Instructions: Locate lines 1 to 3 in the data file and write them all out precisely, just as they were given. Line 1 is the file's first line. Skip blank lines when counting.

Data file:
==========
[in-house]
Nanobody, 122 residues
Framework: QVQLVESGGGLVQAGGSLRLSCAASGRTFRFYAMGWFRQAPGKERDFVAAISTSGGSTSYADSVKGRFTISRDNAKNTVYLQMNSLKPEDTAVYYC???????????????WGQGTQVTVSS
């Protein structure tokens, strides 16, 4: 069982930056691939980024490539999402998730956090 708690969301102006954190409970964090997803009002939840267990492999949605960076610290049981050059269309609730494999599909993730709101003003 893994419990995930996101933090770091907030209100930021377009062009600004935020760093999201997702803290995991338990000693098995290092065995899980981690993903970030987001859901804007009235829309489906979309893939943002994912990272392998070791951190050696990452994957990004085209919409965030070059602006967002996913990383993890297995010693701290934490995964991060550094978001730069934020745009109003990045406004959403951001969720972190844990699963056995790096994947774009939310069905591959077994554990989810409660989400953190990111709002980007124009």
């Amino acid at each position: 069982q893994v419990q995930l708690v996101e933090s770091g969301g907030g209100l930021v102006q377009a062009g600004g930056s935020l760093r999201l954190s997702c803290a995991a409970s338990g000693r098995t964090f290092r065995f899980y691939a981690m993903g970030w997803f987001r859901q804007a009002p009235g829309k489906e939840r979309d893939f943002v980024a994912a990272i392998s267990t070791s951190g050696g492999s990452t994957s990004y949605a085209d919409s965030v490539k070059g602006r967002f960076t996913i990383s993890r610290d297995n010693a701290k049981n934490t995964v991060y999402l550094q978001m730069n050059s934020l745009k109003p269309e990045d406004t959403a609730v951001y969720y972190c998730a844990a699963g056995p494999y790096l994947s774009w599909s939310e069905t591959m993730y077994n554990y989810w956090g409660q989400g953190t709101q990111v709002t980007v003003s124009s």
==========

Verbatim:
[in-house]
Nanobody, 122 residues
Framework: QVQLVESGGGLVQAGGSLRLSCAASGRTFRFYAMGWFRQAPGKERDFVAAISTSGGSTSYADSVKGRFTISRDNAKNTVYLQMNSLKPEDTAVYYC???????????????WGQGTQVTVSS